Asia-Pacific region important to U.S. security goals 

Douglas J. Schaffer

Institute of Land Warfare

AUSA’s Institute of Land Warfare recently released a new National Security Watch publication, "Linking Latin America and the Pacific: A Strategy for the Long Term" (National Security Watch 12-3, July 2012), that presents a case for tying Latin America and the Pacific together in a strategic context to address some of the United States’ long-term security goals.

As the United States conducts a rebalance toward the Asia-Pacific region and engages its rival, China, it must develop a global strategy to manage global power.

Strategically connecting Latin America with the Pacific will force the United States to dedicate specific attention to its southern partners and generate long-term discussion about what the relationship among China, the United States and the world at large should look like in the future.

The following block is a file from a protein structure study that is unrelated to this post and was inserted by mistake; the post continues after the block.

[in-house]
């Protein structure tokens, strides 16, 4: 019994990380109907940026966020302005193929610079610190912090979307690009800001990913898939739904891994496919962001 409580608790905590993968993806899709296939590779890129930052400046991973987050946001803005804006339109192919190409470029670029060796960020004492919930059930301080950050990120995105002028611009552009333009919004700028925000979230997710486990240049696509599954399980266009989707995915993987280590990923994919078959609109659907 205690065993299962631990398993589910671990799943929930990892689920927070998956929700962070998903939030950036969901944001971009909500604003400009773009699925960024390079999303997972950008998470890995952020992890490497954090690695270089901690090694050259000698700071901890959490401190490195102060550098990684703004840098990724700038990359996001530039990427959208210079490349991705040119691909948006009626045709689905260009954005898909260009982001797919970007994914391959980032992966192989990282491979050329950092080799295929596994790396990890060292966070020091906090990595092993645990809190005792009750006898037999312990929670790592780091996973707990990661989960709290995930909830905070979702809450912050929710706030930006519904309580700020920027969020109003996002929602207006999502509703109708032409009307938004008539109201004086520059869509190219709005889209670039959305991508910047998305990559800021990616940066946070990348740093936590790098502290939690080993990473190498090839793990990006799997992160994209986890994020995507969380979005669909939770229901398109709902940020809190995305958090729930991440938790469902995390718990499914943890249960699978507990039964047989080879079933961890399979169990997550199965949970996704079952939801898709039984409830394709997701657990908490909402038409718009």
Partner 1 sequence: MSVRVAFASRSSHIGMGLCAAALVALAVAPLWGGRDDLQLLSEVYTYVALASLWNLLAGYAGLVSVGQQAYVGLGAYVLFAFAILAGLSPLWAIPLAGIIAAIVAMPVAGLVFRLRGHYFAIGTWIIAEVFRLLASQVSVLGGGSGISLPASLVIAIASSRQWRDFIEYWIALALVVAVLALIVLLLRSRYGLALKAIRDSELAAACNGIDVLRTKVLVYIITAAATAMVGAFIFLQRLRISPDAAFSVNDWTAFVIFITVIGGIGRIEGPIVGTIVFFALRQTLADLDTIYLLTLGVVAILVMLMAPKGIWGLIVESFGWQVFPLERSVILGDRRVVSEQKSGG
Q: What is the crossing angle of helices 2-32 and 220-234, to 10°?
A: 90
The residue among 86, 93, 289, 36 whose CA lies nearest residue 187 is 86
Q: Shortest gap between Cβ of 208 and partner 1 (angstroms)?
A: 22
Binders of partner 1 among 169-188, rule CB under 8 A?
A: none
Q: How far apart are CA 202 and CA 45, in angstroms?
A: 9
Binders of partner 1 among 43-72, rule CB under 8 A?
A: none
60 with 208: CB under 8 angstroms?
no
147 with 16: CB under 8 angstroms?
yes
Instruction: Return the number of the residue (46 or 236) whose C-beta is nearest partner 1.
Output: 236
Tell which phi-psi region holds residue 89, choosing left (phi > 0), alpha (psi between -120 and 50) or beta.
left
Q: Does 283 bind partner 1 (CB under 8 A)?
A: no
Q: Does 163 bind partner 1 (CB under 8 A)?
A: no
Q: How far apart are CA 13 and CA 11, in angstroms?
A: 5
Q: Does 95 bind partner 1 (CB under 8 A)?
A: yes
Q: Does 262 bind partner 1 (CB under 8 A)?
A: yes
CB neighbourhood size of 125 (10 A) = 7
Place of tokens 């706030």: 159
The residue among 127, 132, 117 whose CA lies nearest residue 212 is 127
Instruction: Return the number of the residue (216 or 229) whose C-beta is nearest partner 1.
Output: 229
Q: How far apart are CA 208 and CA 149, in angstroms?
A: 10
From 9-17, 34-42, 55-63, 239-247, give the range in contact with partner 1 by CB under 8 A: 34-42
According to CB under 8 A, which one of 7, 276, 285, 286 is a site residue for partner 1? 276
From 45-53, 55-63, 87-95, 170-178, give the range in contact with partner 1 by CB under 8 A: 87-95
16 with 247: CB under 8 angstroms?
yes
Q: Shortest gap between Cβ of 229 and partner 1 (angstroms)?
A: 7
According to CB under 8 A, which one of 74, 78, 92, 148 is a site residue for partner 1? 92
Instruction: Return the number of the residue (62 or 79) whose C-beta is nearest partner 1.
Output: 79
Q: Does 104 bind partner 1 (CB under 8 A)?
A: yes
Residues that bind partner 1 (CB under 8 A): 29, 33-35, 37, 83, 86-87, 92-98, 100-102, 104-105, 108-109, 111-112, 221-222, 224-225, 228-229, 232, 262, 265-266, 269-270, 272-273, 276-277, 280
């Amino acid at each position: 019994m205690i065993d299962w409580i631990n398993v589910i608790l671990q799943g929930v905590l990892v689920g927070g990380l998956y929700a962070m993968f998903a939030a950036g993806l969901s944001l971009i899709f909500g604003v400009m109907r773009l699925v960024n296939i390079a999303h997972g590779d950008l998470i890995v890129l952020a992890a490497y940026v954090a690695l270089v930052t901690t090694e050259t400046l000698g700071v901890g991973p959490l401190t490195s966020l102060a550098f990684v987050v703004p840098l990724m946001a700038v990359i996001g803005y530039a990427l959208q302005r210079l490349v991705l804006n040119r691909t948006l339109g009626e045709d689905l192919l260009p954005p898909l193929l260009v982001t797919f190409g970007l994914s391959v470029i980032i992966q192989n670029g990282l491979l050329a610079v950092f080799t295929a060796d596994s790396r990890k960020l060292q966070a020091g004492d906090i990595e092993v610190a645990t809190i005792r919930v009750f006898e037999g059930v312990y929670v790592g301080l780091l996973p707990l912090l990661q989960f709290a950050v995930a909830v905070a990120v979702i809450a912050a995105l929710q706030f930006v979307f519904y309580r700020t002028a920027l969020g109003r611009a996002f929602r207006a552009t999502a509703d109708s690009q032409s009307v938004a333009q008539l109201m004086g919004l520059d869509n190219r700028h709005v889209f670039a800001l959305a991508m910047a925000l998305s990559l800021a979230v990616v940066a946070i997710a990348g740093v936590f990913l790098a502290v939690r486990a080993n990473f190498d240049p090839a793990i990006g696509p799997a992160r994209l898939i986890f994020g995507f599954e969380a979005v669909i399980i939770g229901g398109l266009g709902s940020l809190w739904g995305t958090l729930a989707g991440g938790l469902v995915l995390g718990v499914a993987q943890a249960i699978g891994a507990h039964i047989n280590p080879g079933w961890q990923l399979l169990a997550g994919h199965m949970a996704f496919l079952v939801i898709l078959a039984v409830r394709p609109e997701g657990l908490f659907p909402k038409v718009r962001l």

By developing a tailored, relevant strategy that addresses individual nations’ needs within Latin America, the United States can advance itself as the responsible partner of choice in terms of both economics and security.

Tying Latin America to the Asia-Pacific region can protect a long-term plan from the shifting political landscape within the United States and cut across organizational boundaries that limit inter-theater strategic vision within the defense apparatus.

The Pacific is more than just a single region or even an ocean; it is a network of interactions and relationships full of potential value and risk. The United States – if it can avoid strategic tunnel vision – has an opportunity to deepen its partnership with Latin America and respond appropriately to China’s global expansion.

These and other ILW publications are available online at and can also be obtained by calling (800) 336-4570, Ext. 4630, or by e-mailing a request to